Cooking For Engineers Forum Index Cooking For Engineers
Analytical cooking discussed.
 
 FAQFAQ   SearchSearch   MemberlistMemberlist   UsergroupsUsergroups   RegisterRegister 
 ProfileProfile   Log in to check your private messagesLog in to check your private messages   Log inLog in 

Equipment & Gear: Common Materials of Cookware
Goto page Previous  1, 2, 3, 4, 5, 6, 7, 8, 9, 10  Next
 
Post new topic   Reply to topic    Cooking For Engineers Forum Index -> Comments Forum
View previous topic :: View next topic  
Author Message
Marco
Guest





PostPosted: Fri Nov 17, 2006 4:21 am    Post subject: Waterless Cookware Reply with quote

Maxam has a great set of waterless cookware. To be honest there are alot of waterless cookware out there, REMEMBER one thing you need at least a 5 ply to cook waterless. Store sets are 3 ply and dont work as well.
I have cooked waterless on 18/10 and t304 and t316L its all about cooking on low heat and haveing atlest a 5 ply cookware.
Back to top
GaryProtein



Joined: 26 Oct 2005
Posts: 535

PostPosted: Fri Nov 17, 2006 11:18 pm    Post subject: Reply with quote

What exactly is waterless cooking and why do you need 5 plys?
Back to top
View user's profile Send private message
chiantra
Guest





PostPosted: Sat Nov 25, 2006 3:44 pm    Post subject: waterless cookware Reply with quote

just wondering how those maxam waterless 18/10 stainless steel cookware are, in quality? Has anyone tried them? I know they are supposed to be healthier to use but I've also been looking at buying a set of Cuisinart Multiclad Pro.
Back to top
Elgog
Guest





PostPosted: Sun Dec 03, 2006 6:45 am    Post subject: Cusinart Chefs Classic cookware Reply with quote

I use the Cusinart Chef's Classic cookware and like it a lot. It is 18/10 stainless with the 4mm aluminum disk in the bottom. The warrantee is void if you cook with high temps. I assume it's because of the material they use to bond the disk to the botom of the pan. Probably some high temp epoxy or something. In any case, these pans are reasonably priced and work well. I do have several non-stick Farberware egg pans for eggs and other sticky stuff.

The thing I don't like most about teflon is that if you cook at high temps with teflon, it loses it's non stick properties. For instance, if you cook bacon in a teflon pan, over a very short period of time, that pan will loose its non-stick properties. Teflon is not a long term solution for cook ware. As for multi-clad cook ware, I was a chef for many years and cooked on pans that heated from the bottom. I am not sure I want a pan where the sides are as hot as the bottom. I need places in the pan that are cooler so I can bring the food to the heat and when its done, rotate it up to the top and bring more food to the heat. I could have bought another brand of multi-clad cookware that was significanlty less expensive, but I wanted cookware that I was used to cooking on. My 17 piece set cost $249 at Chef's Catalog. If I would have purchased them separately it would have cost more than $700. So I defeinitly recommend buying a set rather than one at a time. Also, make sure the set has what you need. The All Clad set, 9 pieces for $800, has a 3 1/2 qt saute pan. This is a very small pan. Also, things like a vegatable steamer insert typiclly get very little use unlike, say, a pasta cooking insert. I would also not get a copper set because copper is so soft that the pan dents and will not make contact with electric cooking surfaces.

A friend of mine has a Calfalon anodized aluminum set and he has sent several pans back for warrantee coverage because that pans failed over time. I don't want to be shipping cookware every few months.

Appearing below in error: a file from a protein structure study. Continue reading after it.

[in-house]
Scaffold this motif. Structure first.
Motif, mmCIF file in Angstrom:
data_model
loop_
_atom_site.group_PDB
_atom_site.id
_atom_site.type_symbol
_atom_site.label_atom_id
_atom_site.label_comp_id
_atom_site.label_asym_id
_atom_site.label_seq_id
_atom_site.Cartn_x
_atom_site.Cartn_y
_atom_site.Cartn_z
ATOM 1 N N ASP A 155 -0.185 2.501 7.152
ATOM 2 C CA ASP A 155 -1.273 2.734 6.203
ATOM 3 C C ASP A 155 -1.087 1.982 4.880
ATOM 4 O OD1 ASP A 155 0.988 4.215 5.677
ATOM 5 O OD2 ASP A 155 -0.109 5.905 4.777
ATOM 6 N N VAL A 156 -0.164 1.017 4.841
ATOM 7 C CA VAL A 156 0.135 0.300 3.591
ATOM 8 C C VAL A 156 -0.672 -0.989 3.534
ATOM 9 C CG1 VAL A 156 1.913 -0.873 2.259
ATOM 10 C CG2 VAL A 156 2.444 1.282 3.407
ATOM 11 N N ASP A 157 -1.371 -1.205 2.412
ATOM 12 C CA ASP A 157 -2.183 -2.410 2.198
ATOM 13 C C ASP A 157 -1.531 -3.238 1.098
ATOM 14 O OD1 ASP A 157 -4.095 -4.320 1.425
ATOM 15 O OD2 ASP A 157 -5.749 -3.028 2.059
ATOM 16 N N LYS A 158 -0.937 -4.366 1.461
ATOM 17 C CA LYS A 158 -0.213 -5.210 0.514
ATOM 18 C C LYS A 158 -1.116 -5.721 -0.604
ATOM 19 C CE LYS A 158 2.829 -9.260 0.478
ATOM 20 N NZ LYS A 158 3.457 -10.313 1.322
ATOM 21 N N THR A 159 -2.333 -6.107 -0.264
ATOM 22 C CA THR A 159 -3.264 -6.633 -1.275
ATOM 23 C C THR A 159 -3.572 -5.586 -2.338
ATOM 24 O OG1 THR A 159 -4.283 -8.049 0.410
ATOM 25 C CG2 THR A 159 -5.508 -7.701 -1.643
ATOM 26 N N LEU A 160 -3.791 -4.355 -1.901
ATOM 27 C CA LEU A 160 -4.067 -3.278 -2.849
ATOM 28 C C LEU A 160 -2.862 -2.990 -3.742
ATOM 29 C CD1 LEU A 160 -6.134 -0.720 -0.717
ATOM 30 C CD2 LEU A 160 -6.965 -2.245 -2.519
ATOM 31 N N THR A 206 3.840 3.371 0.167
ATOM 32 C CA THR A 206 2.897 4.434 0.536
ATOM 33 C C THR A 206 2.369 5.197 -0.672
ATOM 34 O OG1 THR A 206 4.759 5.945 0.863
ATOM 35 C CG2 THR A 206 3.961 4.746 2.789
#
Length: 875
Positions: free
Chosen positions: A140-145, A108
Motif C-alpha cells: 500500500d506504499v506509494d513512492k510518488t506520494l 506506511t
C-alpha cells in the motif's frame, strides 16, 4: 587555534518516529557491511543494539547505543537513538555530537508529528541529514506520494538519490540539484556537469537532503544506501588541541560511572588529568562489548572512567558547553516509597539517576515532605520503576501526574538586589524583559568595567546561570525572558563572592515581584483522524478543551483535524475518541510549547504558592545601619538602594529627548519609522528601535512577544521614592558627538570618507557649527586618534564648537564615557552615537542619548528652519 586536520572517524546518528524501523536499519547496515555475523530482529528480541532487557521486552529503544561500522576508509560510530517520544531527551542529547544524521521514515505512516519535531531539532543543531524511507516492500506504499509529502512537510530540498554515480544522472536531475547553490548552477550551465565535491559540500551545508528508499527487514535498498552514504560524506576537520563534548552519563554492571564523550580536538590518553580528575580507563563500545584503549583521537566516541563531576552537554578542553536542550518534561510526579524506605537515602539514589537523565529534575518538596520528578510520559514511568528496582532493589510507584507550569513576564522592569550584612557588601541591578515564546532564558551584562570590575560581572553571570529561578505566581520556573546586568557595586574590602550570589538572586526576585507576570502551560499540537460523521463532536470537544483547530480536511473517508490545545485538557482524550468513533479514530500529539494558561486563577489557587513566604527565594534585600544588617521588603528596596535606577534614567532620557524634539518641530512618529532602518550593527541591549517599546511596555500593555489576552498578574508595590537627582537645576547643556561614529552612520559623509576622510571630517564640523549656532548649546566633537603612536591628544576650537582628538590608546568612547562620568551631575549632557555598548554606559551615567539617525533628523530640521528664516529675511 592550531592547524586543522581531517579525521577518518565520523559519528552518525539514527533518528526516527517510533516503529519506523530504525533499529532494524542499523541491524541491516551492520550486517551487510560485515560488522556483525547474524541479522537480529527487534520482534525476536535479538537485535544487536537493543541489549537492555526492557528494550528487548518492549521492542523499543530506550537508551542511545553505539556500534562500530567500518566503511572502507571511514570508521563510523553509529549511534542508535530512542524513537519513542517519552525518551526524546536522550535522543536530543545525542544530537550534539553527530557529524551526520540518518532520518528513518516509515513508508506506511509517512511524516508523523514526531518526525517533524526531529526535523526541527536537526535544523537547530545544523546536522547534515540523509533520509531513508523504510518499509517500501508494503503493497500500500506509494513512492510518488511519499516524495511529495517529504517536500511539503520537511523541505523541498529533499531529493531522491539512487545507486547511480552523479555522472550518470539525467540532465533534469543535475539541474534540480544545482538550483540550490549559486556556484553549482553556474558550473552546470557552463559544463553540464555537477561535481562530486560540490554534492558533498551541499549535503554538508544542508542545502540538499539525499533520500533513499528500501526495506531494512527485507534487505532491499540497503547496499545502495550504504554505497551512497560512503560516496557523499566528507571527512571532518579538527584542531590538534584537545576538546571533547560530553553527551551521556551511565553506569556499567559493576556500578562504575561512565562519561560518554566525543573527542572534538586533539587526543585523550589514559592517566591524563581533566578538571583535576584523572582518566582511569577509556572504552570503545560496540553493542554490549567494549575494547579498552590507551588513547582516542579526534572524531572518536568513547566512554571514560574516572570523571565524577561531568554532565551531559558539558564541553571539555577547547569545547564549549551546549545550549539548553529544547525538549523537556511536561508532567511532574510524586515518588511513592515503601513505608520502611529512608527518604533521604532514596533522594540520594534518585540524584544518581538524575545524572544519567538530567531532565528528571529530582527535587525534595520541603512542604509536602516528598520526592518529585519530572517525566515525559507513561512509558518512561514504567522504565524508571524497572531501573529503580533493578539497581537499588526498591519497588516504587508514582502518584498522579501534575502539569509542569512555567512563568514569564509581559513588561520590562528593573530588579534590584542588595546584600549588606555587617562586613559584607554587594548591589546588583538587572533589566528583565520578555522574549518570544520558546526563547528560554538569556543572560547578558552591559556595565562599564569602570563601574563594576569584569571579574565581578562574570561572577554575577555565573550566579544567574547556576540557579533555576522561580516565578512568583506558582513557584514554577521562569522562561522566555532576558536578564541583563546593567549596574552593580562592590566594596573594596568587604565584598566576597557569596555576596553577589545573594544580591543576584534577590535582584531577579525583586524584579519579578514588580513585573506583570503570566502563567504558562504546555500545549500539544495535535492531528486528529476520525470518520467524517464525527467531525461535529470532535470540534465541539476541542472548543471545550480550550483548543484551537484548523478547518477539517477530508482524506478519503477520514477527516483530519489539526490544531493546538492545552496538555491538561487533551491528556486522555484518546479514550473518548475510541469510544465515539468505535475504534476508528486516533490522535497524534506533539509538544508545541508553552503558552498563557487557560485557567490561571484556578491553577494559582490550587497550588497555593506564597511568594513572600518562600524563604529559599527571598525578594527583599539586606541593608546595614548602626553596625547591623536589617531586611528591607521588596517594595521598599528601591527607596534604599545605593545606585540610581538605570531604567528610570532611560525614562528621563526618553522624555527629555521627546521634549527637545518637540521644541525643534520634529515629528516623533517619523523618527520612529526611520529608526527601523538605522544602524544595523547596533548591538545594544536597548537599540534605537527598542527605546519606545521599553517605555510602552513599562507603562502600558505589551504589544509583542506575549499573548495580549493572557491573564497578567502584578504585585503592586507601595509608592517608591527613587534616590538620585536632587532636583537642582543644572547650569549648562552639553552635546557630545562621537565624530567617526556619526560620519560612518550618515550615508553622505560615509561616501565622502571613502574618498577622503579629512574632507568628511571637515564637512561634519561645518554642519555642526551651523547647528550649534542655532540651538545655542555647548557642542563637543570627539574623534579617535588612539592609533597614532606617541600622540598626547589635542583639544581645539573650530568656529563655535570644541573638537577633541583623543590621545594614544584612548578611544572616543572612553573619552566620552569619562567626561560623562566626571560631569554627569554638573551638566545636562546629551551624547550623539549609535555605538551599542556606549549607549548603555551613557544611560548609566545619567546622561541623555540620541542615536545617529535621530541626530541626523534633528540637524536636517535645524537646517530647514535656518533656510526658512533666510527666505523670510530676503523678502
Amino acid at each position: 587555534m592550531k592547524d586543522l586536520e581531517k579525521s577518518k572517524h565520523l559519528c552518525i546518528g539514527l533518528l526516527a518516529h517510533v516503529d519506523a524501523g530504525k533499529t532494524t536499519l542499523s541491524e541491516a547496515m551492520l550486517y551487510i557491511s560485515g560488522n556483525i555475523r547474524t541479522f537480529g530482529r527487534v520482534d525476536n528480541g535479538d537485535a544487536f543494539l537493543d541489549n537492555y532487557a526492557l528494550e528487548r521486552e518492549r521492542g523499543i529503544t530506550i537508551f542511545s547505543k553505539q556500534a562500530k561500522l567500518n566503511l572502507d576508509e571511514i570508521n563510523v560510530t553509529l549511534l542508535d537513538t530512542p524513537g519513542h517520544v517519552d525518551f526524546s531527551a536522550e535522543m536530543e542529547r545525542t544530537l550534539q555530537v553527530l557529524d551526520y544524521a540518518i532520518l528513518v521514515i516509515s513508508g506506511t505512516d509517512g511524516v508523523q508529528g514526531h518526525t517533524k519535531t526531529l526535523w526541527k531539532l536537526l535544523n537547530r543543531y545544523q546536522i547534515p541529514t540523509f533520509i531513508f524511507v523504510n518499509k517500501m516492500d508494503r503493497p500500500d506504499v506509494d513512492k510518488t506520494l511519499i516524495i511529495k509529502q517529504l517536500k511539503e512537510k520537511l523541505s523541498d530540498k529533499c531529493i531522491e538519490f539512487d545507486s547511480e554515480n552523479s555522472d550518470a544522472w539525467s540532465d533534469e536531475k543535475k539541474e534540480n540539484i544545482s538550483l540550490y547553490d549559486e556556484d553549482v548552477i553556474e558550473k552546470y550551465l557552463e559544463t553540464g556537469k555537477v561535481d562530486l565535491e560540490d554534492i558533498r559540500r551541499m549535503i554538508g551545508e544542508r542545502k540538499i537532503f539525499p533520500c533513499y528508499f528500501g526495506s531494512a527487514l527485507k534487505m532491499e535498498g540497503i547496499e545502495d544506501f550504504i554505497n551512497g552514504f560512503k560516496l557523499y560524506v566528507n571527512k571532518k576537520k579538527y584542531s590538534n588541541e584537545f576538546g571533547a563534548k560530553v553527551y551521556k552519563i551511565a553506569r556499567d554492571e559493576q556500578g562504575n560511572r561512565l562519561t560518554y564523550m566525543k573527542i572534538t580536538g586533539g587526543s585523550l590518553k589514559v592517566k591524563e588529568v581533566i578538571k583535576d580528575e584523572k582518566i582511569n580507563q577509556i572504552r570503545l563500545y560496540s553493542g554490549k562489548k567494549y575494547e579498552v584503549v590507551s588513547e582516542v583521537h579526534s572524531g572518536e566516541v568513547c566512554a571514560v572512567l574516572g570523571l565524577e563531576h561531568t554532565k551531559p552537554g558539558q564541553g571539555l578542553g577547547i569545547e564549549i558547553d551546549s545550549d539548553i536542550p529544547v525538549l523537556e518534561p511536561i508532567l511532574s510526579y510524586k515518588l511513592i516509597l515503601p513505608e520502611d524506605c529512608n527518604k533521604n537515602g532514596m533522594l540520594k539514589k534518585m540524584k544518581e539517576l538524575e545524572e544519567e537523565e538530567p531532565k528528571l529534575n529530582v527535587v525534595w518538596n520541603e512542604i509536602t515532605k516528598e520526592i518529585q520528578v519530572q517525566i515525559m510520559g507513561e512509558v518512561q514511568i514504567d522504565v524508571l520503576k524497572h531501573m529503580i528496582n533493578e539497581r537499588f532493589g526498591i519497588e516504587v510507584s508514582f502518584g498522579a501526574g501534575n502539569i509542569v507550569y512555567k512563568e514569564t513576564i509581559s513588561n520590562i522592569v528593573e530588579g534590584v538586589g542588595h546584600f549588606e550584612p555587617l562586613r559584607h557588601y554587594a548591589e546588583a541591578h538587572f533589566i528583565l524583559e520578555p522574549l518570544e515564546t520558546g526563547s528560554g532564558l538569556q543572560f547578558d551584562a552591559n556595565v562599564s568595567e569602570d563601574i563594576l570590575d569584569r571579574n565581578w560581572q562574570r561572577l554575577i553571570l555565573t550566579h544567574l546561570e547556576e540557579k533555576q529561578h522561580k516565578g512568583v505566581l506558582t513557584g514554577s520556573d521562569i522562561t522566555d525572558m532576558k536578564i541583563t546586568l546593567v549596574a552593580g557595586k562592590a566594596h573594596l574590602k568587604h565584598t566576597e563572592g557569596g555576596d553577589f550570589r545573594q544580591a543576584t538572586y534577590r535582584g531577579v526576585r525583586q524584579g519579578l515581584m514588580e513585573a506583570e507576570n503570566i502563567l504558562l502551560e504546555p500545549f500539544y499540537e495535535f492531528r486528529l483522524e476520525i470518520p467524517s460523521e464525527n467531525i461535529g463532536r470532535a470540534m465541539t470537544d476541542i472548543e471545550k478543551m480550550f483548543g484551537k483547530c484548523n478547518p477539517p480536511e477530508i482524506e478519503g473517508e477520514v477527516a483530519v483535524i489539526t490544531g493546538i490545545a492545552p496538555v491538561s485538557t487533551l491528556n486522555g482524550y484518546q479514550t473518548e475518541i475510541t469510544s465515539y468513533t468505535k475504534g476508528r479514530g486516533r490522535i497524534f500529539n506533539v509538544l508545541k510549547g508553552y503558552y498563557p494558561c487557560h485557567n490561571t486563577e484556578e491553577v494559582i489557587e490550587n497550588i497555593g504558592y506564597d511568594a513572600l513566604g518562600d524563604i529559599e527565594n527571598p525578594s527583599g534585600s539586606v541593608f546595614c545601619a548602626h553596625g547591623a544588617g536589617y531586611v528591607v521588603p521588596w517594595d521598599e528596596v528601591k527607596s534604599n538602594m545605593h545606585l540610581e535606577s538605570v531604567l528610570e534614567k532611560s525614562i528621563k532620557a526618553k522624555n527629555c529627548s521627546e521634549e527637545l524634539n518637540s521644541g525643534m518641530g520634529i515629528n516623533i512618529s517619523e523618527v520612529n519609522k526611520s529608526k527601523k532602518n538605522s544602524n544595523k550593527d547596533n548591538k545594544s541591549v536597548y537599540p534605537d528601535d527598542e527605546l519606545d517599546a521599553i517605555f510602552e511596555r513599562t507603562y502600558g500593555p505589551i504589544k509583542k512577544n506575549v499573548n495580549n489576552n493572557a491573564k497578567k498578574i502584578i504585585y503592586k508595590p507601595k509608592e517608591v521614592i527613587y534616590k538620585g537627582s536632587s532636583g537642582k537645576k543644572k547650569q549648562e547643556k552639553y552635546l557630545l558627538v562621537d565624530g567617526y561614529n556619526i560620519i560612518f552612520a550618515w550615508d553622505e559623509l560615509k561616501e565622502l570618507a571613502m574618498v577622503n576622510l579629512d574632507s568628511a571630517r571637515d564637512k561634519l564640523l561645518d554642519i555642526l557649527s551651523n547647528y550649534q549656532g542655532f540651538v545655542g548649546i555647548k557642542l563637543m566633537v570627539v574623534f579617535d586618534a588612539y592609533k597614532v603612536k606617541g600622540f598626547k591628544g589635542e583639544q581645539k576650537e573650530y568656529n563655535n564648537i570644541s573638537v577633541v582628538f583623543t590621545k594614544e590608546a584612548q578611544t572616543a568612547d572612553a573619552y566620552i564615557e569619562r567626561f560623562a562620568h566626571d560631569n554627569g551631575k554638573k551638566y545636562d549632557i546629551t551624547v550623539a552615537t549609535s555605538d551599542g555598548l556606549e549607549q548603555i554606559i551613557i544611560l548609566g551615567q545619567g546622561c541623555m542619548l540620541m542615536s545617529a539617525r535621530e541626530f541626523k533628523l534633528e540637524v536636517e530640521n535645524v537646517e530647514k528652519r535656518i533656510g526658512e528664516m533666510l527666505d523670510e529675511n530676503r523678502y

Finally, I bought a set of Calfalon cookware (about $3000 worth) and took it back because everthing I cooked in it stuck to it. I could not get some of it off when I retuned the set. Also the care instructions for the Calfalon are draconian. Apparently normal use of this cookeware leads to performance failures.

In summary, the Cusinart Chef's Proffesional cookware performs very well, cleans well. You can use oven cleaner on it if you have a major burn, unlike aluminum. I have had trouble with Calfalon as well as some of my friends and I don't think I would like the multi-clad cookware because it changes the way I am used to cooking.

Thanks for listening.
Back to top
GaryProtein



Joined: 26 Oct 2005
Posts: 535

PostPosted: Sun Dec 03, 2006 6:00 pm    Post subject: Re: Cusinart Chefs Classic cookware Reply with quote

Elgog wrote:

The thing I don't like most about teflon is that if you cook at high temps with teflon, it loses it's non stick properties. For instance, if you cook bacon in a teflon pan, over a very short period of time, that pan will loose its non-stick properties. Teflon is not a long term solution for cook ware. A friend of mine has a Calfalon anodized aluminum set and he has sent several pans back for warrantee coverage because that pans failed over time. I don't want to be shipping cookware every few months.

Finally, I bought a set of Calfalon cookware (about $3000 worth) and took it back because everthing I cooked in it stuck to it. I could not get some of it off when I retuned the set. Also the care instructions for the Calfalon are draconian. Apparently normal use of this cookeware leads to performance failures.


I have always felt (and you can see other posts of mine here) that Calphalon is a well advertized, high priced, low quality rip-off.

The likely reason you have had sticking with teflon is because you probably have "seasoned" the grease on it which is preventing the teflon from acting as a releasing agent. There might be other reasons, but try really cleaning the pot VERY well and see if the problem goes away.
Back to top
View user's profile Send private message
Guest






PostPosted: Mon Dec 11, 2006 1:08 pm    Post subject: Materials Reply with quote

Hi Michael,

I was wondering if you know the exact material used for wok pans. I know that there are many variations for its manufacture, but do you know what exact type of cast iron? or carbon steel, or aluminium?
thanks

Mish
Back to top
Michael Chu



Joined: 10 May 2005
Posts: 1617
Location: Austin, TX (USA)

PostPosted: Mon Dec 11, 2006 5:43 pm    Post subject: Re: Materials Reply with quote

Anonymous wrote:
I was wondering if you know the exact material used for wok pans. I know that there are many variations for its manufacture, but do you know what exact type of cast iron? or carbon steel, or aluminium?